Wednesday, July 22, 2009

Open Letter: Request for Accurate Labeling at Farmers' Markets

Sent today to Michele Burke, owner of Colorado Fresh Markets

Dear Ms. Burke,

As the owner of Colorado Fresh Markets, you are responsible for operating the Cherry Creek, Stapleton, City Park, Civic Center, and Greenwood Village markets. These are undoubtably some of the largest and most successful markets in the Denver metro area. As such, you are in a unique position to influence the standards of practice at all Denver markets.

I would like to ask that you begin, immediately, to request that your vendors visually label any produce that is grown out of state. I understand that your contracts for the 2009 markets have been signed long ago. However, you could strongly request that they begin this practice for the remainder of the 2009 season, and include it as a requirement in your contracts for 2010.

Local food is becoming more of an important issue every day, as I'm sure you are aware. There are a multitude of reasons why consumers are interested in purchasing locally grown food, including food safety and security, environmental concerns, food taste and quality, and supporting the local economy. Farmers' Markets continue to receive press as the prime destination for anyone who wishes to buy food grown by Colorado farmers.

Food, especially produce, that is sold at a Farmers' Market (or a "Fresh" Market promoted as a Farmers' Market) is assumed to be local. This is something that I believe is critical we acknowledge. Although there are a small number of local food insiders who know that, more often than we would like, the produce at markets comes from California and Mexico (especially in the early part of the season), these folks are far and away the minority. If you were to stop 10 people at a Farmers' Market and ask them who grew the food at the nearby stall, I strongly believe that each and every one of them would state unequivocally that the food came from the local farm that is selling it.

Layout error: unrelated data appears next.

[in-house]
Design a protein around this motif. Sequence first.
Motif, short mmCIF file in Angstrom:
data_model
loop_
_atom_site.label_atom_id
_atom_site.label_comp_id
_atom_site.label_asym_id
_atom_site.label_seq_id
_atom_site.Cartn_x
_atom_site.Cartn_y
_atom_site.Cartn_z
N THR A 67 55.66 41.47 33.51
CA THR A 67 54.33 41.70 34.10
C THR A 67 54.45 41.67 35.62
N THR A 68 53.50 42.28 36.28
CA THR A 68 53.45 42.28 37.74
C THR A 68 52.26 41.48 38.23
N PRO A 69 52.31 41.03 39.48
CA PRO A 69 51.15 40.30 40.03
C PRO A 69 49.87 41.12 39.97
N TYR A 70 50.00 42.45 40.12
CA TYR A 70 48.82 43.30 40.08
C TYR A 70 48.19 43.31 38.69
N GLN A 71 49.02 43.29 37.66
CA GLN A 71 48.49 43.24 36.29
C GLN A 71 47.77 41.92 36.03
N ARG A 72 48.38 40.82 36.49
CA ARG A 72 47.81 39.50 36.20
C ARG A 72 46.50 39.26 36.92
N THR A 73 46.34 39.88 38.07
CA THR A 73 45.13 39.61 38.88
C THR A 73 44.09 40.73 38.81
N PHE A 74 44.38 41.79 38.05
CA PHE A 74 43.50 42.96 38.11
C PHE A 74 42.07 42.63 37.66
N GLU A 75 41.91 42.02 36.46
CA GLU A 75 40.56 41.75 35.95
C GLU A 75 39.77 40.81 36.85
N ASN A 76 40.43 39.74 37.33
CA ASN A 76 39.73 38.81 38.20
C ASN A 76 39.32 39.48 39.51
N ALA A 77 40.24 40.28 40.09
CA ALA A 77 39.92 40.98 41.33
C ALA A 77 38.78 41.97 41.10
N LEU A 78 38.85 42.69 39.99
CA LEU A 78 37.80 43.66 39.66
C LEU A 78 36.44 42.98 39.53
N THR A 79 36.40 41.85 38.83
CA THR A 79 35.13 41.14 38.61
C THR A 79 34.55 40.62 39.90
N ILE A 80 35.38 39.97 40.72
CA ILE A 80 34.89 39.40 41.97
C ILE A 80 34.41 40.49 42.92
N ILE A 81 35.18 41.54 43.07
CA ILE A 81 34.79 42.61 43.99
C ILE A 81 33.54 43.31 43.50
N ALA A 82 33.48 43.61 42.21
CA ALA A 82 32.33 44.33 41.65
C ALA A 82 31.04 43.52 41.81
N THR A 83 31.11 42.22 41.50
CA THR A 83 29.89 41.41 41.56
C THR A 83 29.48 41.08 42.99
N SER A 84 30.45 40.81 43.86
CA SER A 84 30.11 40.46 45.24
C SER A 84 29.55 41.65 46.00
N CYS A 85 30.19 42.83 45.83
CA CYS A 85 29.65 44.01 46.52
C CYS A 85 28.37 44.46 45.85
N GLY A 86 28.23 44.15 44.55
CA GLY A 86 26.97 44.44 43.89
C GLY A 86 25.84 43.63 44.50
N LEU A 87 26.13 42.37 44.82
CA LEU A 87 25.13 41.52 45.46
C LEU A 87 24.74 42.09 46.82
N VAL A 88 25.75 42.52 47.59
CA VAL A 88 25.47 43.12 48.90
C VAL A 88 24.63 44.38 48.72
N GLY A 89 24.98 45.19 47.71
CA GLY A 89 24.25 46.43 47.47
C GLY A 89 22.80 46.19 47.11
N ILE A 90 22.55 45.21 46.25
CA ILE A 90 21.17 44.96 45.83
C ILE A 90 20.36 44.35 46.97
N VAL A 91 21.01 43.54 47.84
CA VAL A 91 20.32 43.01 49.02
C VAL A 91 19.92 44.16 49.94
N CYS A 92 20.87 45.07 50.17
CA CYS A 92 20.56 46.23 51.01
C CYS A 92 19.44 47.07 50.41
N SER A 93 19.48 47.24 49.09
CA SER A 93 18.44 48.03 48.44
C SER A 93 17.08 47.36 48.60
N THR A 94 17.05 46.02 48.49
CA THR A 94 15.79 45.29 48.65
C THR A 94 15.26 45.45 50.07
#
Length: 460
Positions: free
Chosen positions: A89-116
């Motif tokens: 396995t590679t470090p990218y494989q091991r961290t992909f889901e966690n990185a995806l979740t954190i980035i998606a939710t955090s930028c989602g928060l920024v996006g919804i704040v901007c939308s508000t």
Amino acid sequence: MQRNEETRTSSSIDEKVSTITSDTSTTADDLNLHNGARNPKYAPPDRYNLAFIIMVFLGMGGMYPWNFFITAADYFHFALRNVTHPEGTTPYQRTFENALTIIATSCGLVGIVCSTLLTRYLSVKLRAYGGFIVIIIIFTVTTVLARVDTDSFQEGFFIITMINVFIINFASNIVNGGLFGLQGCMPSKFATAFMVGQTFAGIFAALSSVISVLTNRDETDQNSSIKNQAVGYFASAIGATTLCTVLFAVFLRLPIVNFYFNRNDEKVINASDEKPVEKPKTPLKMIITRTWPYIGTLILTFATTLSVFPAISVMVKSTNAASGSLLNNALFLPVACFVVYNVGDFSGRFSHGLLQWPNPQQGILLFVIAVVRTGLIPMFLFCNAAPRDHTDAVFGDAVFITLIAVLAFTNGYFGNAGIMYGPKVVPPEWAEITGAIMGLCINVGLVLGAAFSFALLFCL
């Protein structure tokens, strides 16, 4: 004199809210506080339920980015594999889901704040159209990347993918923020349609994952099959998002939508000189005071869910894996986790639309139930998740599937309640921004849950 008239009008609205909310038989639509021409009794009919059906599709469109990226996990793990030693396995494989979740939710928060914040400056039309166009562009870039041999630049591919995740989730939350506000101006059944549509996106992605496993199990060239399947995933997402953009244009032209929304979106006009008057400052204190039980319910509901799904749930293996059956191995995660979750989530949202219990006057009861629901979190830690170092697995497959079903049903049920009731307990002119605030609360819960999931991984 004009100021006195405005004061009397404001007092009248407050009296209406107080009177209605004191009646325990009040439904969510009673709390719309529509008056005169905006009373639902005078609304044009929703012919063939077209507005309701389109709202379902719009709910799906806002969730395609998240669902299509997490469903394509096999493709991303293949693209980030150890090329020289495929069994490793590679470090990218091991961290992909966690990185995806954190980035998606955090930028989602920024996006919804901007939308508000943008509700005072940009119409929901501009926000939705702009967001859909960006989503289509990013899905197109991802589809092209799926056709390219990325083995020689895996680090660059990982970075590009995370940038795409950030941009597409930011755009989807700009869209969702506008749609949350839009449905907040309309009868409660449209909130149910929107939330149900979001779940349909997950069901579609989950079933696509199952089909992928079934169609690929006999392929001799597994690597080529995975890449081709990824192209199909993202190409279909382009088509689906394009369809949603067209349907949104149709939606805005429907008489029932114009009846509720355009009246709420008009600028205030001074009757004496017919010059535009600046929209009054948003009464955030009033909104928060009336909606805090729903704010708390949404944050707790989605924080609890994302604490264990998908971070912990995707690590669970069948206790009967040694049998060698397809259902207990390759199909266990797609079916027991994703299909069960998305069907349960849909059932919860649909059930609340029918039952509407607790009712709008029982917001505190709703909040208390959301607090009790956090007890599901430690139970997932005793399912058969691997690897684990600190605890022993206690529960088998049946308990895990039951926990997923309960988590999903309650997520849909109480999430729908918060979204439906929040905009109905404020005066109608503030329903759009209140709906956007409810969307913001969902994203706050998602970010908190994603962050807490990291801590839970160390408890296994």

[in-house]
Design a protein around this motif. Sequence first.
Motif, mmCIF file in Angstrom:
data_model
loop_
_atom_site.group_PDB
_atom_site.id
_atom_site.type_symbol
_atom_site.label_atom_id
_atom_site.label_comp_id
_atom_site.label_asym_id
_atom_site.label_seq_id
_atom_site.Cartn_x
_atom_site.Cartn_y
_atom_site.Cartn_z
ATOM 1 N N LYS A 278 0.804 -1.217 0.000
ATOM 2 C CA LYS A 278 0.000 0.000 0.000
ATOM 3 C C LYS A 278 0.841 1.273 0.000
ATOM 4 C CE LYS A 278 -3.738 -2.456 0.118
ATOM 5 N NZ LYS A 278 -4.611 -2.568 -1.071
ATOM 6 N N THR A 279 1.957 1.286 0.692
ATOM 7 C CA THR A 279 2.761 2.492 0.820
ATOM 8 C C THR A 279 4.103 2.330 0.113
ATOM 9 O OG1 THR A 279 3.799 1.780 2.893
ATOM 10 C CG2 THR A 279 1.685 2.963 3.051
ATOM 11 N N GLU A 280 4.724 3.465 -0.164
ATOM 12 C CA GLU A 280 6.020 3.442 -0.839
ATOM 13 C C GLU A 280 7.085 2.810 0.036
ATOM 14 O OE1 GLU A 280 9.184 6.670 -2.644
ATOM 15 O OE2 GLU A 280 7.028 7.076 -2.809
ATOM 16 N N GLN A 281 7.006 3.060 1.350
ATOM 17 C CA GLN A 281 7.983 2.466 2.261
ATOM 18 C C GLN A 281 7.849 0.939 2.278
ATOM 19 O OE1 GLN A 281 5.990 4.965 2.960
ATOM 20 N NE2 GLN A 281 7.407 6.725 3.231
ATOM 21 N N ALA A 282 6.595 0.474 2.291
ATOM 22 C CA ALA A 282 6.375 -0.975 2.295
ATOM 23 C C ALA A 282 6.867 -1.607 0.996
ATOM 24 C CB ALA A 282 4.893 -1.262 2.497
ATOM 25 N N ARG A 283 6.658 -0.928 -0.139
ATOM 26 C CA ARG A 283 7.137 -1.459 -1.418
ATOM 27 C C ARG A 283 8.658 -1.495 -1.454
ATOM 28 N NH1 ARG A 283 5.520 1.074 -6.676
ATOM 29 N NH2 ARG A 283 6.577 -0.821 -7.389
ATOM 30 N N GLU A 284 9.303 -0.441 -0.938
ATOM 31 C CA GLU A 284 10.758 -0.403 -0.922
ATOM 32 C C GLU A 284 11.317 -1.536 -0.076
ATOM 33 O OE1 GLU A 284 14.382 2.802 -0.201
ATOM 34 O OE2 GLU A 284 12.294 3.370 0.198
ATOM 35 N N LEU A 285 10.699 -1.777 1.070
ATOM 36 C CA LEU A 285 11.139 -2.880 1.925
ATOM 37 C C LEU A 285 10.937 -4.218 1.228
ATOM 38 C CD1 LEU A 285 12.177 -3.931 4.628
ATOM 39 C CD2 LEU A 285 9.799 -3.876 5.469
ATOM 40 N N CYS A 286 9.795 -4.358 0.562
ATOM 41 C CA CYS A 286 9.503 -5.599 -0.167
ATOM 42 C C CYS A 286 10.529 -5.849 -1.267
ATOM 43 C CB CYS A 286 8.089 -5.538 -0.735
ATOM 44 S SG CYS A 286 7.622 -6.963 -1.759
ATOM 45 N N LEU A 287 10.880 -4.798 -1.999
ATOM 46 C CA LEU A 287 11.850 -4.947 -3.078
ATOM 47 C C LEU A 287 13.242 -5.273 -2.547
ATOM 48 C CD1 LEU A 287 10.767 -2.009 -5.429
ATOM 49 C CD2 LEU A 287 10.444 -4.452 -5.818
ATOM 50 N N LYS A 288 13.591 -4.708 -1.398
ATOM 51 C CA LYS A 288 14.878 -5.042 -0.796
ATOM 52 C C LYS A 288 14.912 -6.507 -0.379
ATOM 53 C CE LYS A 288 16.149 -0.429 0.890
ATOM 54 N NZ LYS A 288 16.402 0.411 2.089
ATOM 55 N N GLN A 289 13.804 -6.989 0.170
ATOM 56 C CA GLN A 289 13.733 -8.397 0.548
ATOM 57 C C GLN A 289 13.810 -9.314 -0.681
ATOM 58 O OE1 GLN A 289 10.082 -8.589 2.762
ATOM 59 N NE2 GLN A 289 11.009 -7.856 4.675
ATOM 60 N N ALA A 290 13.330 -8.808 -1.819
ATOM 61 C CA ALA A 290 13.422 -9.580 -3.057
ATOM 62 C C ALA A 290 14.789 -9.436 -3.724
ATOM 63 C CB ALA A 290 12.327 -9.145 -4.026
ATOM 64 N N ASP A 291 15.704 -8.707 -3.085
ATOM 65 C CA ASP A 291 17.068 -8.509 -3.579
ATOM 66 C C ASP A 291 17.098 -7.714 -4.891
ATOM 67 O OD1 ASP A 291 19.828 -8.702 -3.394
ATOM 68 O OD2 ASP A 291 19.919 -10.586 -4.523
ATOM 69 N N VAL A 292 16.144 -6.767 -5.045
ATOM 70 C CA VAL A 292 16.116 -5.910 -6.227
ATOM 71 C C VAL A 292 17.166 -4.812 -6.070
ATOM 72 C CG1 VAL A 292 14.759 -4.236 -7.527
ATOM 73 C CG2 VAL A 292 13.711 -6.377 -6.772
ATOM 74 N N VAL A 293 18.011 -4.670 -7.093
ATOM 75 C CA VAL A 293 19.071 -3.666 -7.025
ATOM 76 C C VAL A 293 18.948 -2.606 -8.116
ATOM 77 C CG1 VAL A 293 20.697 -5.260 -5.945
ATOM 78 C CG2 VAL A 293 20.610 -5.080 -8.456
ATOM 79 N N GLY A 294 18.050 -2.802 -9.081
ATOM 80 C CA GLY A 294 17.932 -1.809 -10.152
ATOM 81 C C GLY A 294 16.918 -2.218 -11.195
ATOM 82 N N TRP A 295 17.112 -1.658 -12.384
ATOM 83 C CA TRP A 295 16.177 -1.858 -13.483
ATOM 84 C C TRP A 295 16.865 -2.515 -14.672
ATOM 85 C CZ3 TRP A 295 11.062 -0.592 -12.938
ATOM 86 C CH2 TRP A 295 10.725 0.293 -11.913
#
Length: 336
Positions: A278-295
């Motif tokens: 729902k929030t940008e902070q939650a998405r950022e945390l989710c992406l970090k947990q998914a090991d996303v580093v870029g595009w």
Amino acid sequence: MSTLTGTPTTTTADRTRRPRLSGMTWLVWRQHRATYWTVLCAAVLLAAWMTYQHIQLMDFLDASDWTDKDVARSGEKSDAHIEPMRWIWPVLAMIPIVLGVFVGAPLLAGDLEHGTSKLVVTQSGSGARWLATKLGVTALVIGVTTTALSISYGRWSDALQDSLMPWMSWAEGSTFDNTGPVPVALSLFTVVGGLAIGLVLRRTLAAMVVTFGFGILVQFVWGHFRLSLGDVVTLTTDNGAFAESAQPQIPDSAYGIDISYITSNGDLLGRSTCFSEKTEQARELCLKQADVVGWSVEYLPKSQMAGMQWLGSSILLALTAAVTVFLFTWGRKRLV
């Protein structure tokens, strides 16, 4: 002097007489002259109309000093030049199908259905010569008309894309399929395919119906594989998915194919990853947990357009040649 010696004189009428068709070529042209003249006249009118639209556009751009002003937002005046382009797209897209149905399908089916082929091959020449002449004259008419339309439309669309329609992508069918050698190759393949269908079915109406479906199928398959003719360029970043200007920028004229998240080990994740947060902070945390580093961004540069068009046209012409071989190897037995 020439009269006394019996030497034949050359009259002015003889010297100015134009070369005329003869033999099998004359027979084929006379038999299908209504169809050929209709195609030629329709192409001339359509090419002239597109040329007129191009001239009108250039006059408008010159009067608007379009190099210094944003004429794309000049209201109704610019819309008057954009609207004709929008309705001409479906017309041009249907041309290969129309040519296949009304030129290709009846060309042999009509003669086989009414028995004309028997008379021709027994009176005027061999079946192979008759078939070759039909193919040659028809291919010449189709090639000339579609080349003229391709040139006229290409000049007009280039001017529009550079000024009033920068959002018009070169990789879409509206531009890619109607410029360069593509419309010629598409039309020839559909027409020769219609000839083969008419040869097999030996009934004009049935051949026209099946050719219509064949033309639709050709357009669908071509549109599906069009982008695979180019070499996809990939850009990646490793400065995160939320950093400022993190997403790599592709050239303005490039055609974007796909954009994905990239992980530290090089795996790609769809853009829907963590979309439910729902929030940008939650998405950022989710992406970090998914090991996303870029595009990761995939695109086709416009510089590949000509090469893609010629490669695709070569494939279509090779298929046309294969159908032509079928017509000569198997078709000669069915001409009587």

"Local" is every bit as much a value-added concept as "organic." We would never sell conventionally grown produce as organic, so why is it acceptable to sell Californian and Mexican produce as local? I do know that many vendors will reveal the origins of the food to anyone who asks, but this is not enough. The vendors are far too busy to educate every person who comes to their stall, and many of the customers don't realize they should be asking.

Therefore, all produce that is grown out of state should be clearly, visually labeled as such. This is not prohibitively difficult for a vendor. The labeling could take the form of handwritten paper signs on the non-local items, or dividing the table with signs pointing one way for local and the other way for out of state, or the items could be labeled on the vendor's chalk or dry-erase board.

There is no reason why any responsible vendor would not agree to this. If they were to resist efforts to accurately label what they sell, they would be admitting that they are in fact invested in passing off their Mexican tomatoes as Colorado grown. I have heard the argument that Denver consumers demand variety at their markets (above and beyond what Colorado's seasonal produce can provide), and that's the reason the vendors "have" to sell out of state product. I don't necessarily agree with this premise (just look at the success of the Boulder growers-only Market), but I'm not trying to limit what vendors are allowed to sell. I am simply requesting that it be labeled properly. If someone wants to buy a melon from California that's fine with me, but I want them to know that it travelled 1,200 miles to get to them.

I am writing this as an open letter, as I feel this issue is critically important to many Denver consumers. I do happily make a portion of my living selling local food. However, I am not pressing this issue because of my business; I am asking as a Denver resident who loves Farmers' Markets. I also strongly believe in the rights of consumers to know the truth about what they eat, especially if they're taking the time to go to a Farmers' Market to shop.

I believe that requiring vendors to visually label all out of state produce is a simple step that will be greatly appreciated by your customers. I also think it will bring a level of transparency to the Denver markets that is currently lacking. I look forward to your response.


Sundari Kraft
Heirloom Gardens

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